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Budget Cuts


Czarina Catherine the Great was a big spender. When she wanted music she brought in the best performers and composers. In 1787 she brought in composer Domenico Cimarosa for what would prove a rocky sojourn in Russia.

The Czarina was eager to audition her new music master, and shortly after his arrival in St. Petersburg, she asked him to sing while accompanying himself on the harpsichord. He passed with flying colors and was deemed worthy of teaching the two grand dukes who were the sons of the heir to the throne.

She was less impressed by one of Cimarosa’s first compositions for the Russian court, a comic opera that she dismissed as worthless and performed by singers who were “detestable.”

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Then a larger problem arose. Catherine’s lavish lifestyle began to drain the royal treasury, forcing the Czarina to impose spending cuts. The most obvious way to reduce expenses was to dismiss some of the more costly musicians, but Catherine refused to do so, and during the next two years, Cimarosa wrote two new operas for the Russian court, one of which seems to have been quite successful since it was translated into Russian and, in its Italian version, remained in the St. Petersburg repertory for fifteen years. Cimarosa also had two earlier operas performed and went on to provide a multitude of other works.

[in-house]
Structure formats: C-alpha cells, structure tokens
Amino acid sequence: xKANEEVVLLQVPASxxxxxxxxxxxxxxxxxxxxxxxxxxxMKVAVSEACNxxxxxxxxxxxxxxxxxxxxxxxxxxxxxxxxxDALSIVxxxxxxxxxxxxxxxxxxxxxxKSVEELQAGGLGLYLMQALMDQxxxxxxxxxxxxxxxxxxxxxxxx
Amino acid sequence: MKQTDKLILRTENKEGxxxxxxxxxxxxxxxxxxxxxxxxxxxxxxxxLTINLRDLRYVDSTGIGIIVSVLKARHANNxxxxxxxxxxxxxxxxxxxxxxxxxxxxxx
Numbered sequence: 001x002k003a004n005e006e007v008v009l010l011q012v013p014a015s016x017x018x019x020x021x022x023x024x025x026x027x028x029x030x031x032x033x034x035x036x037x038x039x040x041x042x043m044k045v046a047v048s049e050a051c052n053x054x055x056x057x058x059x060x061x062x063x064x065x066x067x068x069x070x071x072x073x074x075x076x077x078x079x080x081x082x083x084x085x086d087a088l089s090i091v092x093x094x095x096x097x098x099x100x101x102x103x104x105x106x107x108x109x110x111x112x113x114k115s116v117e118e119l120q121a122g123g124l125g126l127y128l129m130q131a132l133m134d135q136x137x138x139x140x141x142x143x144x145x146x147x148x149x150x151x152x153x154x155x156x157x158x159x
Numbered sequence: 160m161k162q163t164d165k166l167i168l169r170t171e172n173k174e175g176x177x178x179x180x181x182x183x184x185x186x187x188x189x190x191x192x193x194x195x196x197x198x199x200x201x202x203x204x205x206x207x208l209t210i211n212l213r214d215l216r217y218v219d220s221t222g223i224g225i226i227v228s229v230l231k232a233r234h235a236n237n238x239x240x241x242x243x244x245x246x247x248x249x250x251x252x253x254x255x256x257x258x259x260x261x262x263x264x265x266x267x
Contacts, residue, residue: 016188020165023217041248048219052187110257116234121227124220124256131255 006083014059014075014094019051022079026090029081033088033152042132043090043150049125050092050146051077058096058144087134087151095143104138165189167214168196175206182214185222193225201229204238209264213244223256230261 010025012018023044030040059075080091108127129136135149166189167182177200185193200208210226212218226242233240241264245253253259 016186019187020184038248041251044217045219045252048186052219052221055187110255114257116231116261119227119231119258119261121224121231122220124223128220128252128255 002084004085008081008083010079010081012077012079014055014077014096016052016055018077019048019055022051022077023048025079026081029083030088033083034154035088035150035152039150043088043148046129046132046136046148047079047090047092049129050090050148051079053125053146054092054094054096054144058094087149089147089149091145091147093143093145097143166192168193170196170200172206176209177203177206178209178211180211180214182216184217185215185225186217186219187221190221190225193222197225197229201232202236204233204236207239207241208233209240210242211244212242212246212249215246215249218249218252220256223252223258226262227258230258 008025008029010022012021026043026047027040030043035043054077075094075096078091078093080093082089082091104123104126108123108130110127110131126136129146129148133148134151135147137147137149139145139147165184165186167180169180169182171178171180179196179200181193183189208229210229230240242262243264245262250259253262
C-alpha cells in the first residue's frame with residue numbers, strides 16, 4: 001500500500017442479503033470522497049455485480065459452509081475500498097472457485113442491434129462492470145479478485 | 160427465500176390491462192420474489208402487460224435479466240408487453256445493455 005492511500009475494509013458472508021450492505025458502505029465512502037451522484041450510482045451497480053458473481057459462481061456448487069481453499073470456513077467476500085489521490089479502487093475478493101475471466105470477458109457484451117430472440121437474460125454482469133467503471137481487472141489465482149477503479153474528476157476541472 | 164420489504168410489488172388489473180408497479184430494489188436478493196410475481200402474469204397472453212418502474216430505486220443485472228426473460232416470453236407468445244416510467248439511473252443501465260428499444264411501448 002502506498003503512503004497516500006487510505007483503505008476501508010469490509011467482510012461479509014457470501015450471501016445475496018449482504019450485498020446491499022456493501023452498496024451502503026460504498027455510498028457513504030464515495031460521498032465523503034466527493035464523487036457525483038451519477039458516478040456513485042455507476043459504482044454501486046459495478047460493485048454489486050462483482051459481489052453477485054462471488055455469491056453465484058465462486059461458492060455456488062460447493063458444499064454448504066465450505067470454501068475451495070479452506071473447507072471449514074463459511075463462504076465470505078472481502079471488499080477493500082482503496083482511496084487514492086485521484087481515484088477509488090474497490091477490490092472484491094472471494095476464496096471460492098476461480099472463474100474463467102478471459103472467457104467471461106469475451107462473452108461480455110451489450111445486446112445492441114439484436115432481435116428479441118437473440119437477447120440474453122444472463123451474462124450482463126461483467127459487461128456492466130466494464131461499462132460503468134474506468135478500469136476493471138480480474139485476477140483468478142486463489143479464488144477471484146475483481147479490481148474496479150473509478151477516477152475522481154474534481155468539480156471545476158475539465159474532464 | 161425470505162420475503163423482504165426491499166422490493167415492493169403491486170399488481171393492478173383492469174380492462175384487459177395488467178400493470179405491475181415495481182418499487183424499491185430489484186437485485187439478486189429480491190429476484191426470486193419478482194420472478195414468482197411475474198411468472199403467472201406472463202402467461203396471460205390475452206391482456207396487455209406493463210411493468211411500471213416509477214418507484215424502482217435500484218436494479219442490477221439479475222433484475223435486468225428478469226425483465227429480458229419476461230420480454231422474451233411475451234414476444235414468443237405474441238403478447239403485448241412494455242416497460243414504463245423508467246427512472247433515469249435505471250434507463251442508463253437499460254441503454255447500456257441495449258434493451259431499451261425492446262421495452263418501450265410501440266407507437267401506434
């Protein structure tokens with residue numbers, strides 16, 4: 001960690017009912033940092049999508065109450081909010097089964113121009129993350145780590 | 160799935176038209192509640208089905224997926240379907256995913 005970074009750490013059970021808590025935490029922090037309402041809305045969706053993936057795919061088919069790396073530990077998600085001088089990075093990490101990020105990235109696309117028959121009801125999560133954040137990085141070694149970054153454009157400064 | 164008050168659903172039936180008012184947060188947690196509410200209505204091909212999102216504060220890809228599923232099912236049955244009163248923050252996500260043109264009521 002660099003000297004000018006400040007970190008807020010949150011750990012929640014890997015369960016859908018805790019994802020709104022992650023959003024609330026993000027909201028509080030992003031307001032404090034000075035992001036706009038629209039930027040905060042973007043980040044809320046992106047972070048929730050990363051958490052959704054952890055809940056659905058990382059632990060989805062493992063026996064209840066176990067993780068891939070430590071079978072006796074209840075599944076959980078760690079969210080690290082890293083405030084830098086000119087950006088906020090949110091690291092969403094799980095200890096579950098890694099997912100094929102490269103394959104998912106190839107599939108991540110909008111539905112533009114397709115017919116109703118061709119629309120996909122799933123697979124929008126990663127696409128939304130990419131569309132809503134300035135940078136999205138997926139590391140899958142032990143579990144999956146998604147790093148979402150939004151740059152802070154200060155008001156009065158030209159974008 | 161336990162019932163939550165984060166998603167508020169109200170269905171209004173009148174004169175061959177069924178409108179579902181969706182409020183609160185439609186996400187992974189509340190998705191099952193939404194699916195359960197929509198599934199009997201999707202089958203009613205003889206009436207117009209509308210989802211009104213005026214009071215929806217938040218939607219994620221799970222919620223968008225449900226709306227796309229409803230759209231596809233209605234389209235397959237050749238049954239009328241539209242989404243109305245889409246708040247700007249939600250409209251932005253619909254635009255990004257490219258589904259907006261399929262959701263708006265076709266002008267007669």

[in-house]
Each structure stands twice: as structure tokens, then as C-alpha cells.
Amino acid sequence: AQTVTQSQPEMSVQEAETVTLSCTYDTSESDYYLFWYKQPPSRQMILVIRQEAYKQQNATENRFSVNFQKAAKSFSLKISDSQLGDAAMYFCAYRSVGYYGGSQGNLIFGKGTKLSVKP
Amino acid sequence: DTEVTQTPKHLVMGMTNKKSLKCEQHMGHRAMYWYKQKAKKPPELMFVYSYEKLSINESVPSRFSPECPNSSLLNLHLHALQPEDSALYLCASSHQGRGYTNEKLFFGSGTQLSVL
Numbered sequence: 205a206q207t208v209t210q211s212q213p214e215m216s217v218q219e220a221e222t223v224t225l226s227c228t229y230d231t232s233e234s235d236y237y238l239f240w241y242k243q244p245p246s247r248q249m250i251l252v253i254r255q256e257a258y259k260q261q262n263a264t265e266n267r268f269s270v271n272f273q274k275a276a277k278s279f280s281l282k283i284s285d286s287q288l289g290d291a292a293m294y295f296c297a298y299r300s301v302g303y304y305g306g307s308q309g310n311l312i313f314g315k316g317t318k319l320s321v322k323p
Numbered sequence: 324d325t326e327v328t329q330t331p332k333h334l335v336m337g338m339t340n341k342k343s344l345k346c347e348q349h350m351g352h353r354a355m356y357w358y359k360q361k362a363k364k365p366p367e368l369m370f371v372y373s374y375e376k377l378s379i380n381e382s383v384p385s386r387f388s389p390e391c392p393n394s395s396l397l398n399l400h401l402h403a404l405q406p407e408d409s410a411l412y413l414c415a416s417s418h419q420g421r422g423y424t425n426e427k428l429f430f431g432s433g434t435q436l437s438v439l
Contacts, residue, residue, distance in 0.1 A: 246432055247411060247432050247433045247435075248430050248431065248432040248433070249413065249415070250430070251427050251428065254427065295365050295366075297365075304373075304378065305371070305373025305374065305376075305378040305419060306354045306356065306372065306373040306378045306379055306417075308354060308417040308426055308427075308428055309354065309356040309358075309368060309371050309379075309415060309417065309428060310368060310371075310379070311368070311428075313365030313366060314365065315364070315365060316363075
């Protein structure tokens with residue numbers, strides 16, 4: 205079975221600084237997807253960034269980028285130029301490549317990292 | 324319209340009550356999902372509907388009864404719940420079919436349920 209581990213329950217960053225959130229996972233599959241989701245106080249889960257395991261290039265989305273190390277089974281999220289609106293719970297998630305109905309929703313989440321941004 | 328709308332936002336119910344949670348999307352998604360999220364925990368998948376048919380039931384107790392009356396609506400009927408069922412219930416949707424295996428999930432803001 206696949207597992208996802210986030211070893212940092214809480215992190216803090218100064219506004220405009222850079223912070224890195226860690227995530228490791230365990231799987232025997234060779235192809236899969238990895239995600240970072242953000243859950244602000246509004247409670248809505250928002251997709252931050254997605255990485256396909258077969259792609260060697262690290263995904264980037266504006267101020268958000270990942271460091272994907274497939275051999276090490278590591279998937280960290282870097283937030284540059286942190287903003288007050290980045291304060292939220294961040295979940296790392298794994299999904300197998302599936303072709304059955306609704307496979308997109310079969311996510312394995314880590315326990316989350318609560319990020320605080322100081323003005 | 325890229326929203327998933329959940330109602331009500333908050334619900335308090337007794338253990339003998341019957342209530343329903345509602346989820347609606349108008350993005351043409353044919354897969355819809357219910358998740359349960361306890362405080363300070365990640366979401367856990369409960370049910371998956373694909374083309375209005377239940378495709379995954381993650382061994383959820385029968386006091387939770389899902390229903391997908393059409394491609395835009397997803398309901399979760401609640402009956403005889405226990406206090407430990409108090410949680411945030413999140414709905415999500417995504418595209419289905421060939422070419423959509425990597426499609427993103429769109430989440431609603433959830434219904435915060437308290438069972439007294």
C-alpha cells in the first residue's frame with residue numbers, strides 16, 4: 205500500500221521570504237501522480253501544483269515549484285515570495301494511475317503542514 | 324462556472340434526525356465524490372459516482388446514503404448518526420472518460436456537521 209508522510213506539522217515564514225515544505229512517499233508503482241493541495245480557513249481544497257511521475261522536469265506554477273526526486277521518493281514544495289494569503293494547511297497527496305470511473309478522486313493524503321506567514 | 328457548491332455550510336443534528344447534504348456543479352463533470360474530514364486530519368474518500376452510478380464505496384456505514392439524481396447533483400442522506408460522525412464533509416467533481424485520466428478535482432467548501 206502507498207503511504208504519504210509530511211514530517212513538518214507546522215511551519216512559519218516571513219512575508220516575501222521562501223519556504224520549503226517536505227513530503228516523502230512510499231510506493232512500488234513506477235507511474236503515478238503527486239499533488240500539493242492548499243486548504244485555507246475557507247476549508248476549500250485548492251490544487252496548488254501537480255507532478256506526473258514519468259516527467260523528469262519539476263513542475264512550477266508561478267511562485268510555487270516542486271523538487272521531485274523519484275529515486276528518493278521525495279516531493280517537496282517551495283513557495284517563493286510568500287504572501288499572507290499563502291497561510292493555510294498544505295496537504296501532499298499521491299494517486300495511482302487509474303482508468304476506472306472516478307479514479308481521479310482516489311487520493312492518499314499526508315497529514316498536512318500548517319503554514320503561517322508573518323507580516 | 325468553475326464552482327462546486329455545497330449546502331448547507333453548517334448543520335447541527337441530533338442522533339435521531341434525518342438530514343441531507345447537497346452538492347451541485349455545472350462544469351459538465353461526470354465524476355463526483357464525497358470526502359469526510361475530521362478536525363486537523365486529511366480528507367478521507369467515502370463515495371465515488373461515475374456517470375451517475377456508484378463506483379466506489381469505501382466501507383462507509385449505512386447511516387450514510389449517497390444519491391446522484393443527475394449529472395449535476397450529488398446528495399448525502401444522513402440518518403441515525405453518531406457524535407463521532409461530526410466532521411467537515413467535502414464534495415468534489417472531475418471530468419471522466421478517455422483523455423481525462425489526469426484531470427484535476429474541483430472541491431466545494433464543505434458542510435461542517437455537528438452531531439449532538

By the spring of 1791, though, the imperial theater management had laid off most of their Italian company. Cimarosa’s sense that the Czarina regarded his work as mediocre and his disapproval of what he saw as the Russian court’s barbarity inspired the composer to leave the country with his wife, two children, and Italian servants.

The leave-taking, apparently, was friendly enough. As a gesture of goodwill, the Czarina presented the departing composer with a fine English fortepiano.

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